Of Reynaert the Fox

Of Reynaert the Fox: Text and Facing Translation of the Middle Dutch Beast Epic Van den vos Reynaerde

André Bouwman
Bart Besamusca
Translated by Thea Summerfield
Matthias Hüning
Ulrike Vogl
Copyright Date: 2009
Pages: 368
https://www.jstor.org/stable/j.ctt46mwgf
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  • Book Info
    Of Reynaert the Fox
    Book Description:

    The mid thirteenth-century Dutch beast epic Van den vos Reynaerde is a fascinating reworking of the most popular branch of the Old French Roman de Renart and one of the finest examples of this popular genre, consisting of a lengthy cycle of animal tales which provided a satirical commentary on human society. Featuring the archetypal sly fox, the epic is also one of earliest examples of a longer literary work written in the Dutch vernacular. This charmingly illustrated edition contains the first-ever version of the Dutch text with a facing English translation, making the undisputed masterpiece of medieval Dutch literature accessible to international scholarly audiences otherwise unable to read the narrative in the original. The critical text and the parallel translation are accompanied by an introduction, interpretative notes, an index of names, a complete glossary, and a short introduction to Middle Dutch, making it an excellent choice for undergraduate or graduate study of medieval European literature. This title is available in the OAPEN Library - http://www.oapen.org.

    eISBN: 978-90-485-0233-2
    Subjects: Education, Language & Literature

Table of Contents

  1. Front Matter
    (pp. 1-4)
  2. Table of Contents
    (pp. 5-6)
  3. Acknowledgements
    (pp. 7-7)
    André Bouwman and Bart Besamusca
  4. [Illustration]
    (pp. 8-8)
  5. Introduction
    (pp. 9-40)

    If theTimes Literary Supplementwere to ask its readers which works they considered to be supreme masterpieces of medieval literature, what would be the result? No doubt theChanson de Rolandwould figure prominently, as would the Arthurian romances by Chrétien de Troyes. In all probabilitySir Gawain and the Green Knight, Wolfram von Eschenbach’sParzivaland Gottfried von Strassburg’sTristanwould also be listed. In addition, Dutch readers of theTLSwould be certain to make a case forVan den vos Reynaerde(literally: ‘Of Reynaert the Fox’). This Middle Dutch beast epic is famous among specialists, but...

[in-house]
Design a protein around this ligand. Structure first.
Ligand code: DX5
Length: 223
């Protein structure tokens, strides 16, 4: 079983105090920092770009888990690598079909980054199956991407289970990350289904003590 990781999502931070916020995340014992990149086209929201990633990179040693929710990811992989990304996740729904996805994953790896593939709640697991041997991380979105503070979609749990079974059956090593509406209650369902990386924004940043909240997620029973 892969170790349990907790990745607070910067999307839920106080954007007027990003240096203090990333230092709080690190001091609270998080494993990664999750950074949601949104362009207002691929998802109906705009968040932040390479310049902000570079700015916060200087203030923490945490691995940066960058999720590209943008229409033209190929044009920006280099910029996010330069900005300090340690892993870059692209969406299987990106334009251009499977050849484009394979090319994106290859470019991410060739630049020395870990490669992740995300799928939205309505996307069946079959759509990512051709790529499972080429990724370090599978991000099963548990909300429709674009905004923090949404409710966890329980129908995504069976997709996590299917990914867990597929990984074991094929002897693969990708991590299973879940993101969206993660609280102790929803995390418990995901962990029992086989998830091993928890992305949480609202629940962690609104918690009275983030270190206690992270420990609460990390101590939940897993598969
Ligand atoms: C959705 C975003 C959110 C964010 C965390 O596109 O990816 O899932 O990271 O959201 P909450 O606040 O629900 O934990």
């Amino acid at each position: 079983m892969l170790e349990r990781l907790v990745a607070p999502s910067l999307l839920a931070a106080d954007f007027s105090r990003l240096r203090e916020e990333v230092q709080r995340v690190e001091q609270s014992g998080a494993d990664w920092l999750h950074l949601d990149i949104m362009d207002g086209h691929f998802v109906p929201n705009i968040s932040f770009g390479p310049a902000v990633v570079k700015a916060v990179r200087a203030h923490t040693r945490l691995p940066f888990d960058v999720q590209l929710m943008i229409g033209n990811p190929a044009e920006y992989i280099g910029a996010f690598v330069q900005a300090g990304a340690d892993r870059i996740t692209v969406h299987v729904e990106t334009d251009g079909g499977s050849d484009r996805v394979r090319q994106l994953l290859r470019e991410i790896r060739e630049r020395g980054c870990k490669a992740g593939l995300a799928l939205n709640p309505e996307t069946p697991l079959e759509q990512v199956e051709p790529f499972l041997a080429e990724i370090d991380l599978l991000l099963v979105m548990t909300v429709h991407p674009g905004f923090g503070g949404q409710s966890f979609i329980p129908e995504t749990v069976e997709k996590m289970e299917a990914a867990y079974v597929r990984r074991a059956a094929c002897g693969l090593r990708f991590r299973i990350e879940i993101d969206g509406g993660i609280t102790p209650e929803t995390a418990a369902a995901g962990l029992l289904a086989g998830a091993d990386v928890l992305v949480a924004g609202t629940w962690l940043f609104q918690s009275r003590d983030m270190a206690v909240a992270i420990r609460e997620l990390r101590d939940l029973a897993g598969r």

6. Text, translation and notes
    (pp. 41-246)

    About the translation– The English translation of Willem’sVan den vos Reynaerdeaims to present readers who are not familiar with Middle Dutch with a narrative that may be enjoyed in its own right, while it follows at the same time the Middle Dutch text as closely as is reasonably possible. Lines are kept parallel, unless this would result in distorted grammar and style, but any lack of parallelism never extends beyond two or three lines. Thus readers of the translation will find it easy to refer to the original text. Tenses in medieval – including Middle Dutch –...

  7. Editorial principles
    (pp. 247-256)

    This edition ofVan den vos Reynaerdeis based on the redaction in the Comburg manuscript (Stuttgart, Württembergische Landesbibliothek, Cod. poet. et phil. 2° 22). This codex consists of six parts;Van den vos Reynaerdeis found in the fourth. It was written by scribe E, and runs from line 22, halfway down folio 192va, to line 3 on folio 213rb. Wherever a new column begins in the manuscript, a folio and column number is stated in the right hand margin of the edited Middle Dutch text.

    There are two reasons why the Comburg redaction was preferred to the redaction...

  8. Middle Dutch – A short introduction
    (pp. 257-272)
    Matthias Hüning and Ulrike Vogl

    Middle Dutch is the term used for the language varieties spoken between approximately 1150 and 1500 in the territory covered nowadays by the Netherlands and Flanders, the part of modern Belgium, where Flemish – the southern variety of the Dutch spoken in the Netherlands – is spoken. At that time there was no standard variety of Dutch, ‘Middle Dutch’ does not, therefore, refer to one specific language: it is a collective term used to designate several dialects spoken over several centuries. This implies a huge variation in the grammatical structure, the pronunciation and the spelling of Middle Dutch. Middle Dutch...

  9. Further reading
    (pp. 273-278)

    Although reference is often made to ‘the’Reynaert, the work’s transmission shows that there is not one ‘Reynaert’. First of all, there are two, not just one, Middle Dutch poems about the fox:Van den vos ReynaerdeandReynaerts historie(sometimes referred to asReynaert IandReynaert II). But even if we limit ourselves here toVan den vos Reynaerde, it must be stressed that there is no single, unequivocal text. There are five manuscripts, the oldest of which dates from the end of the thirteenth century and the youngest from the beginning of the fifteenth century. These five...

  10. Index of proper names
    (pp. 279-282)
  11. Glossary
    (pp. 283-346)
  12. Word index (semantic fields)
    (pp. 347-356)
  13. Bibliography
    (pp. 357-366)
  14. List of illustrations
    (pp. 367-367)
  15. Contributors
    (pp. 368-368)